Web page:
Diary of a headteacher: Nurturing leadership experiences

Written by: Diary of a headteacher | Published:
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With our schools’ young workforce, promotion can happen quickly, leading – perversely – to a lack of genuine leadership development opportunities...

One of the most challenging aspects of leadership is developing the people around you to become as effective as you are. This is not a statement to highlight how great or successful I am as a teacher or leader, however it is something I have been saying to middle and senior leaders for some time now.

I recently had a conversation with a very effective middle leader; someone who should be working on a senior leadership team very soon. When I explained this concept to him, he smiled and said: “You’re right, and that can be either the most rewarding or most frustrating part of my current role.”

His reflections struck a chord with me and I thought about how satisfying it can be to coach effective middle leaders and assist them in developing their leadership skills and their careers. But I also thought about the challenge for leaders in achieving a consistent level of excellence in the teams we are responsible for.

Yes, we might be highly effective as teachers, and we may well have colleagues in our teams who are equally if not more effective than ourselves, but is everyone operating at this high level on a consistent basis?

The way I like to think about this is through the experiences of a student. If I’m a student in my school, will there be a marked difference in the educational experience I receive that is dependent on who teaches me? When I enter the English department, for example, do I get a good deal in year 8 because Ms X is teaching me, but then in year 9 I get Mr Y and English becomes a chore because he is not as effective?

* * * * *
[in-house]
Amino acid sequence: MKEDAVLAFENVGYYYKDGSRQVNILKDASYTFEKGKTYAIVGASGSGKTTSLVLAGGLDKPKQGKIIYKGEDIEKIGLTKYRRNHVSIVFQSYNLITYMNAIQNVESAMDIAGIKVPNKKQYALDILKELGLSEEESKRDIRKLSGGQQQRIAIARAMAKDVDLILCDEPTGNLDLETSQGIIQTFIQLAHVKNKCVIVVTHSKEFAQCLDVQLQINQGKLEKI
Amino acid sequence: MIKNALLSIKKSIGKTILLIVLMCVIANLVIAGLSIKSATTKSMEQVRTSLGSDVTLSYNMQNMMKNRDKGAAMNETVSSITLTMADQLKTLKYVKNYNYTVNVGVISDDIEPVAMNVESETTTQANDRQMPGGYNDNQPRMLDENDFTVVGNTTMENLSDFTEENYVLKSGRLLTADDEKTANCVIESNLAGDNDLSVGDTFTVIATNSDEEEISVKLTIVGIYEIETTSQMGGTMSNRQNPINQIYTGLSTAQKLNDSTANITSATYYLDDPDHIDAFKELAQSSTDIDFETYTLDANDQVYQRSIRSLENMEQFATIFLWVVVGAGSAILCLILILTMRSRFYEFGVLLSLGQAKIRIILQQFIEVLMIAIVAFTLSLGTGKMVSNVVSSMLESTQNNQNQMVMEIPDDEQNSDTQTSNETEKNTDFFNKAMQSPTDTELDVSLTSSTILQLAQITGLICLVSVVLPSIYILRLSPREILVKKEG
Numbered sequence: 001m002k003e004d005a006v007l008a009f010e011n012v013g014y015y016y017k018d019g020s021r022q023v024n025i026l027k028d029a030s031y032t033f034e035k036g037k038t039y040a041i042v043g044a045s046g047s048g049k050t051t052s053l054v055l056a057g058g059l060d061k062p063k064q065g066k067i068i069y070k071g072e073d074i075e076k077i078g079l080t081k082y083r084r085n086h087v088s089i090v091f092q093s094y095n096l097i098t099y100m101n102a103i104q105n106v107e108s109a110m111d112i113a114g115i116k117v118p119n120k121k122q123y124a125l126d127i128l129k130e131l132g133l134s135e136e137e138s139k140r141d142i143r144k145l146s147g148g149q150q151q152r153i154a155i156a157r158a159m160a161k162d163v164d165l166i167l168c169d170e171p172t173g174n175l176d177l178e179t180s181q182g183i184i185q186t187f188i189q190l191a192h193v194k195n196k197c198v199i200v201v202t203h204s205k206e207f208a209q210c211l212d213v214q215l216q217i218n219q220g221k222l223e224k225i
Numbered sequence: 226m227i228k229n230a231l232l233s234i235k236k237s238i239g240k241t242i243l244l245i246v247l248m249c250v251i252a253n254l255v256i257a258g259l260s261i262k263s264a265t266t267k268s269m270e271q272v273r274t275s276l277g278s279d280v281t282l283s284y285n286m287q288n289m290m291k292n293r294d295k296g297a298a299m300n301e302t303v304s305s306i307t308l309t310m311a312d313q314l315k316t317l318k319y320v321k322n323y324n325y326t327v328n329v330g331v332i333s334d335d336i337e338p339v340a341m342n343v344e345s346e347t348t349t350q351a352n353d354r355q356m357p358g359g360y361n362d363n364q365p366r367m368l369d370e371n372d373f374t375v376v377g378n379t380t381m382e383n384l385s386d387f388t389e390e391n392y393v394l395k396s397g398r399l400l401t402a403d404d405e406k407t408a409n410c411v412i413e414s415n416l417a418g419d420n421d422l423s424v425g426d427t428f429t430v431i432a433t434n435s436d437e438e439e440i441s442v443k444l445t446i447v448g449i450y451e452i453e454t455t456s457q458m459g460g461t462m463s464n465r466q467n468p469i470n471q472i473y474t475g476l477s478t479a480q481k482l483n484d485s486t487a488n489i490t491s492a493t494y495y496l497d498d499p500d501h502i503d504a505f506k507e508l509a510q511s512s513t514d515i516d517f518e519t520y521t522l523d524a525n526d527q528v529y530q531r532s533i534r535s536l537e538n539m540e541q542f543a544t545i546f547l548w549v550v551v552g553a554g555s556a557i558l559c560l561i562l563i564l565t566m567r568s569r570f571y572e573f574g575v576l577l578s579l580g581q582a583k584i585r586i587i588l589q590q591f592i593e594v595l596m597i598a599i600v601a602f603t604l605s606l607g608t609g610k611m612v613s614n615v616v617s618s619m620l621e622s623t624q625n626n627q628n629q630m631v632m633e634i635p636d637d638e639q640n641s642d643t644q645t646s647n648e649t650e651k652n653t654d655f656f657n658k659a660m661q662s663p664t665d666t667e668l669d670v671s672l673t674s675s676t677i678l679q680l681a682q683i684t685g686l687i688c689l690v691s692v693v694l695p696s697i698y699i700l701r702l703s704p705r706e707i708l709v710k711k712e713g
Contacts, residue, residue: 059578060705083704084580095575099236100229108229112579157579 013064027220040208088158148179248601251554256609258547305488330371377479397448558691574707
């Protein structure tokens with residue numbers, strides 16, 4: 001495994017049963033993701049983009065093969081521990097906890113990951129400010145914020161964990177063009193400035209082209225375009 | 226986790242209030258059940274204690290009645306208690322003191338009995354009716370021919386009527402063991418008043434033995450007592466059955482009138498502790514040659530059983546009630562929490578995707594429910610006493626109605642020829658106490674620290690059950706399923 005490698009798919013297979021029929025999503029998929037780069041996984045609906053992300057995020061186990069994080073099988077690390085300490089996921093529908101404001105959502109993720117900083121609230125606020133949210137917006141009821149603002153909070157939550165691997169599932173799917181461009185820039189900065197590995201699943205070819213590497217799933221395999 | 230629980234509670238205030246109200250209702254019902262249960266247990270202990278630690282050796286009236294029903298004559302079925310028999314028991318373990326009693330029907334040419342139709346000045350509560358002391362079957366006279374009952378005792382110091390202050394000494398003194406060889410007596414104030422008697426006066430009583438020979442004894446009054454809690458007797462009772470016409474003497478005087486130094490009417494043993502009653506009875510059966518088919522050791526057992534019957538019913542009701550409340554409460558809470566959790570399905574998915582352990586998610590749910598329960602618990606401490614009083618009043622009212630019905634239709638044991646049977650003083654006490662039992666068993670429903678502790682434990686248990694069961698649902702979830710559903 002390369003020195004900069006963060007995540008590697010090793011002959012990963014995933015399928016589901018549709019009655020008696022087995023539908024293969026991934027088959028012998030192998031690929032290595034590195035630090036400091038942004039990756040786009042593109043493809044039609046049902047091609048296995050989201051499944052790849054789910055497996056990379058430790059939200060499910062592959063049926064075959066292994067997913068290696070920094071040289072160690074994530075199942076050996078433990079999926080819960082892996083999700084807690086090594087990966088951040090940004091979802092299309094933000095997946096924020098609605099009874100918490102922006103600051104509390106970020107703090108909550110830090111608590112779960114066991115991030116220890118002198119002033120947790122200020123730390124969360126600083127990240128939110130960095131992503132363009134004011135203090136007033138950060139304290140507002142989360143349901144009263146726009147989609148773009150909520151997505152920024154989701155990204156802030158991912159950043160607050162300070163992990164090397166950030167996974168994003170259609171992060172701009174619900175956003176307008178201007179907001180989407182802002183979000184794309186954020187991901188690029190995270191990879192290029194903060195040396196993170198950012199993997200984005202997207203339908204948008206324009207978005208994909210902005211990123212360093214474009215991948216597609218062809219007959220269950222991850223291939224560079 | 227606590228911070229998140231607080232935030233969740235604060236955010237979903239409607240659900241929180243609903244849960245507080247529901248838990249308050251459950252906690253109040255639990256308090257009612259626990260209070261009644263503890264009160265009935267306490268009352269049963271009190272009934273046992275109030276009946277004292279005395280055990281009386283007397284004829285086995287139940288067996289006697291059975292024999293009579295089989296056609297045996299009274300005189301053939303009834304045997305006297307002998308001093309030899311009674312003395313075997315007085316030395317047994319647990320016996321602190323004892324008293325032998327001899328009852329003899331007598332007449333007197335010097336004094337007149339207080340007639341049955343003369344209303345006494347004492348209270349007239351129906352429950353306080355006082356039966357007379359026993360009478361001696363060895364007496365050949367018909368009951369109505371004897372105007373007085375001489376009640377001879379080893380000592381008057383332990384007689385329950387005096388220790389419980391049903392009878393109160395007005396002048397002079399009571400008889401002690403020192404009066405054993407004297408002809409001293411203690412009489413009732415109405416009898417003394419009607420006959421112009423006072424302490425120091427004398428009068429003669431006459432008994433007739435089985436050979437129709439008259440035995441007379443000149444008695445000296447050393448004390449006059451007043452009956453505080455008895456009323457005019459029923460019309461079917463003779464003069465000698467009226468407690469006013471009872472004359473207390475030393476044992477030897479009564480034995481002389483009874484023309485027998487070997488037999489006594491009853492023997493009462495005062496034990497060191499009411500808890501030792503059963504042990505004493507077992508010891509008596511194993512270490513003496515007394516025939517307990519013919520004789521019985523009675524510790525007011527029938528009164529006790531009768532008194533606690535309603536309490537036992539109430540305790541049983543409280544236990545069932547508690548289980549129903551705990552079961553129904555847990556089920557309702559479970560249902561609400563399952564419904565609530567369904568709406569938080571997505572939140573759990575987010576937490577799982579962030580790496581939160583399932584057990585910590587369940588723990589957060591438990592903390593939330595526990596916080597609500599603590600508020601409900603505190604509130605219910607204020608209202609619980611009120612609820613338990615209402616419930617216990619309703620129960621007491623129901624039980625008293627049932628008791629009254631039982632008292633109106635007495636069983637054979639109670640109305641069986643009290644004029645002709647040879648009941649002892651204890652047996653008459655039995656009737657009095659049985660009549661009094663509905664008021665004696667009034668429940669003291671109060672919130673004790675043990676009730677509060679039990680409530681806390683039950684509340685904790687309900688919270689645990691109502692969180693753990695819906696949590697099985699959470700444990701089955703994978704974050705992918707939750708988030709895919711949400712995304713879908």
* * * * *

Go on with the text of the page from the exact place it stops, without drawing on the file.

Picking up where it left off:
The secret to being a great department, and a great school, is to eradicate any variations in the quality of teaching, because all teachers can be highly effective, even if they are very different in the way in which they teach. The experience students get in a subject should not be dependent on who they get.

However, how do our experiences prepare us for these leadership challenges as our careers progress beyond the realms of our own classroom? If you consider how most teachers advance through the leadership ranks in schools, it normally follows a certain pattern. Most of us start out as teachers and do a good job, our students make good progress, we establish ourselves as successful practitioners and then when leadership positions arise, we use our accrued experiences and track record to secure these opportunities.

The first leadership positions most teachers fulfil will be within a department, or a small niche area of the school, and from this we might take opportunities to delve into the world of middle leadership. Some people, through circumstance, opportunity or luck, jump straight into middle leadership roles and it is not entirely uncommon to see teachers promoted straight into senior leadership positions, such is the plethora of assistant head roles currently out there.

As someone who has progressed reasonably quickly myself, I have experienced the pitfalls of not spending enough time embedding strategies because further promotions have superseded things. Clearly, being promoted is mostly a good thing for your career, but sometimes it can happen too quickly and we don’t benefit from the opportunities that time in leadership roles can afford us.

When we are not able to spend an appropriate amount of time genuinely becoming great at our leadership job, we run the risk of not being able to achieve the levels of consistent excellence across our teams that we are all striving for.
I read the excellent blog of the inspirational Geoff Barton (the general secretary of ASCL) recently. He was making the point that in England we have one of the youngest teaching workforces in the world and we should value, cherish, protect and nurture this.

As leaders of this young workforce we undertake a moral imperative to do exactly this, ensuring we create the conditions in our schools for everyone to thrive, from our most experienced teachers and leaders, through to our NQTs and the young, inexperienced leaders who are just embarking upon their new roles.

It certainly is a challenge, but for those of us in the privileged positions of leading schools, it is one of the most exciting ones.

  • SecEd’s headteacher diarist is in his fourth year of headship at a secondary school in the Midlands.


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